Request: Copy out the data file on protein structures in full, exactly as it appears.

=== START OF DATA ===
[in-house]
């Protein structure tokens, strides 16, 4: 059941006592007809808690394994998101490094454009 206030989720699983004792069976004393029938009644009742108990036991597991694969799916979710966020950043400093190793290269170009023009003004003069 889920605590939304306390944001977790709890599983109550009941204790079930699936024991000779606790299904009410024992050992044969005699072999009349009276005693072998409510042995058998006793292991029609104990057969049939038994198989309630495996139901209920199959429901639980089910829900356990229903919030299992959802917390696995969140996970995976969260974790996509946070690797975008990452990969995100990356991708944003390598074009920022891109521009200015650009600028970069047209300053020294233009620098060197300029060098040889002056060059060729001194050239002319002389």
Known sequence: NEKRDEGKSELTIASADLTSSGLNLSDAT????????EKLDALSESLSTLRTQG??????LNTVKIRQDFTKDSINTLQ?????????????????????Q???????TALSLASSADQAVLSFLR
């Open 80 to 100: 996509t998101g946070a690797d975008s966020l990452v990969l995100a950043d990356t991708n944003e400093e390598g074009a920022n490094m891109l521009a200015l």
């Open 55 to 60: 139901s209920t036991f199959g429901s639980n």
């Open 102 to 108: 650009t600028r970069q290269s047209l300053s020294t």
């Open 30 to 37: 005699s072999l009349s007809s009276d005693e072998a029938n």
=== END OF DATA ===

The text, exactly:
[in-house]
């Protein structure tokens, strides 16, 4: 059941006592007809808690394994998101490094454009 206030989720699983004792069976004393029938009644009742108990036991597991694969799916979710966020950043400093190793290269170009023009003004003069 889920605590939304306390944001977790709890599983109550009941204790079930699936024991000779606790299904009410024992050992044969005699072999009349009276005693072998409510042995058998006793292991029609104990057969049939038994198989309630495996139901209920199959429901639980089910829900356990229903919030299992959802917390696995969140996970995976969260974790996509946070690797975008990452990969995100990356991708944003390598074009920022891109521009200015650009600028970069047209300053020294233009620098060197300029060098040889002056060059060729001194050239002319002389």
Known sequence: NEKRDEGKSELTIASADLTSSGLNLSDAT????????EKLDALSESLSTLRTQG??????LNTVKIRQDFTKDSINTLQ?????????????????????Q???????TALSLASSADQAVLSFLR
């Open 80 to 100: 996509t998101g946070a690797d975008s966020l990452v990969l995100a950043d990356t991708n944003e400093e390598g074009a920022n490094m891109l521009a200015l």
């Open 55 to 60: 139901s209920t036991f199959g429901s639980n």
């Open 102 to 108: 650009t600028r970069q290269s047209l300053s020294t």
């Open 30 to 37: 005699s072999l009349s007809s009276d005693e072998a029938n």